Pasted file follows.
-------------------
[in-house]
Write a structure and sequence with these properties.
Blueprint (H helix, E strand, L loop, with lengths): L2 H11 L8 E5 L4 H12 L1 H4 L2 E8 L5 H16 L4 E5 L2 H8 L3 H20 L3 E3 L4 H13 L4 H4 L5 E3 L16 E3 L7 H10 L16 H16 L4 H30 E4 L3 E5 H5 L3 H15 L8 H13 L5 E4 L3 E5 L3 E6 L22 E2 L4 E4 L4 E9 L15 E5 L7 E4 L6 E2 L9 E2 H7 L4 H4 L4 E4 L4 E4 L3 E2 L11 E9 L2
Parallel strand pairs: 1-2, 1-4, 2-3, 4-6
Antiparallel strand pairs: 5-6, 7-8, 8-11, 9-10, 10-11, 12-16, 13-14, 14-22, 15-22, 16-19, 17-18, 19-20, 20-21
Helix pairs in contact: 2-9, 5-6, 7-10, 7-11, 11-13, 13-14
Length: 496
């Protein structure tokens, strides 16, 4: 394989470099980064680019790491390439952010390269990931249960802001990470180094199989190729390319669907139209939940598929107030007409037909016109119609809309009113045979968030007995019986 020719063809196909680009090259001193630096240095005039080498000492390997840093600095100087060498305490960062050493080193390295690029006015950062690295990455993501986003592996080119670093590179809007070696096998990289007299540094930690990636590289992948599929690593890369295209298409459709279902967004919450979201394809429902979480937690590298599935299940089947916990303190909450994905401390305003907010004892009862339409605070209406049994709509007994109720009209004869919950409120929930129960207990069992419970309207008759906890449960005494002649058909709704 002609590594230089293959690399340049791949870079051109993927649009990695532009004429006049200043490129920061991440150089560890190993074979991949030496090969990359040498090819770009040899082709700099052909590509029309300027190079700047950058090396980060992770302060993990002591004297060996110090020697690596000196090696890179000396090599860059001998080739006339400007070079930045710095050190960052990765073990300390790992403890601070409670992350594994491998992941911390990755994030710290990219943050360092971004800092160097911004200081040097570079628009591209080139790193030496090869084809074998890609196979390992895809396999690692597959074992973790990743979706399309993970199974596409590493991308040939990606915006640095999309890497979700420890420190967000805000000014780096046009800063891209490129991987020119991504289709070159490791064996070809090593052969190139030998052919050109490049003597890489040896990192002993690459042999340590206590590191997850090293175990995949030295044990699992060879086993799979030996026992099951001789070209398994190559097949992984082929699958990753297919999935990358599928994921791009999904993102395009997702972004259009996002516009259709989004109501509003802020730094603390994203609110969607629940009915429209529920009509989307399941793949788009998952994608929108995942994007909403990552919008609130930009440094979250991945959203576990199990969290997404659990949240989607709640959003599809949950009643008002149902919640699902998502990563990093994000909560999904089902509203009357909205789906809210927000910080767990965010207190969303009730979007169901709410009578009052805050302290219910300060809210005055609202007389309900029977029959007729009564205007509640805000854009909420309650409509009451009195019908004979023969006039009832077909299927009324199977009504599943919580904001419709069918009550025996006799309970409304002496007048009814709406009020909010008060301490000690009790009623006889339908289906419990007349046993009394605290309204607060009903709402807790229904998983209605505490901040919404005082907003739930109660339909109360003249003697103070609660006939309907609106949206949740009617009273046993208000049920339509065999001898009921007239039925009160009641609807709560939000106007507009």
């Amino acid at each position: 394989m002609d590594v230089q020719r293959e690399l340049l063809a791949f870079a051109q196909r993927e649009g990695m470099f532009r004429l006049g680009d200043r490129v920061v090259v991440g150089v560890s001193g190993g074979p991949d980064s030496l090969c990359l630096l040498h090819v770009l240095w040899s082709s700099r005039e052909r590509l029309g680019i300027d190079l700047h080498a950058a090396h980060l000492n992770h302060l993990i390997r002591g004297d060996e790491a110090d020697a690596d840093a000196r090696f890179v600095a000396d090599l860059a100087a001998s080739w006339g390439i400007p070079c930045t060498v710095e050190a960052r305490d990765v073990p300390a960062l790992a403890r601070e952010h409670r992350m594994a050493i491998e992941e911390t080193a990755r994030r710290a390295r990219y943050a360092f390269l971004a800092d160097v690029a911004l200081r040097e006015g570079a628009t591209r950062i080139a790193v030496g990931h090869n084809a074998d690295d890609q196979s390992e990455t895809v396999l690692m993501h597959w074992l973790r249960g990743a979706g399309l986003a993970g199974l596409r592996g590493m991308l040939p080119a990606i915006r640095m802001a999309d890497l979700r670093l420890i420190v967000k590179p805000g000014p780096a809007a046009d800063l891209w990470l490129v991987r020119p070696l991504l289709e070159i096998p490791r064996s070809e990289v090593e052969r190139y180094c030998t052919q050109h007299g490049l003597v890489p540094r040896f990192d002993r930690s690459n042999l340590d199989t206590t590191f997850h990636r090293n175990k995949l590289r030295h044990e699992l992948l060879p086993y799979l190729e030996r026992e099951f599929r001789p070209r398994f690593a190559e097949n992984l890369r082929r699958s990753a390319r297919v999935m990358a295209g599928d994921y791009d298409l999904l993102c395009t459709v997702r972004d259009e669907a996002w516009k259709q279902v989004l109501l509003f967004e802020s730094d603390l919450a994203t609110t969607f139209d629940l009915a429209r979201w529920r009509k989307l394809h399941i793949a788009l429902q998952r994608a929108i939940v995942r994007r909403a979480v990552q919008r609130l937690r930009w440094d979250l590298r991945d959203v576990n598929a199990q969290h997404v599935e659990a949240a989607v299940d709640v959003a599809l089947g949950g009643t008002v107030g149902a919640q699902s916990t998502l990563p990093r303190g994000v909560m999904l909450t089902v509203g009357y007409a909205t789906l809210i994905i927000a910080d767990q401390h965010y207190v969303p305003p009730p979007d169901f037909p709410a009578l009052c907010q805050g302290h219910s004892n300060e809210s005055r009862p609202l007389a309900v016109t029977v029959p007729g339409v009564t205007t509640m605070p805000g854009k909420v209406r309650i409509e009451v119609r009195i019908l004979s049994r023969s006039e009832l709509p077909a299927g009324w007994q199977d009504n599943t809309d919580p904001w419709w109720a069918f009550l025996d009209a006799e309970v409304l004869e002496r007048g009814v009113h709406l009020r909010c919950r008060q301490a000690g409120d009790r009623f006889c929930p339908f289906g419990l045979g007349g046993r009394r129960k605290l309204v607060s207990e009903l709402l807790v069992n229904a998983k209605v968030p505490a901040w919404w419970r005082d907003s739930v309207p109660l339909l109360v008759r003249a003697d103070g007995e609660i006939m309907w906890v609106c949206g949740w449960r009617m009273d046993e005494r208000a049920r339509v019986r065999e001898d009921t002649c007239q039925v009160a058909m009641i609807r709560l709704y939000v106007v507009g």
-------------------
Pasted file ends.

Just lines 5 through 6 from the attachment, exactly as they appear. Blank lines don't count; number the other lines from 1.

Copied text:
Antiparallel strand pairs: 5-6, 7-8, 8-11, 9-10, 10-11, 12-16, 13-14, 14-22, 15-22, 16-19, 17-18, 19-20, 20-21
Helix pairs in contact: 2-9, 5-6, 7-10, 7-11, 11-13, 13-14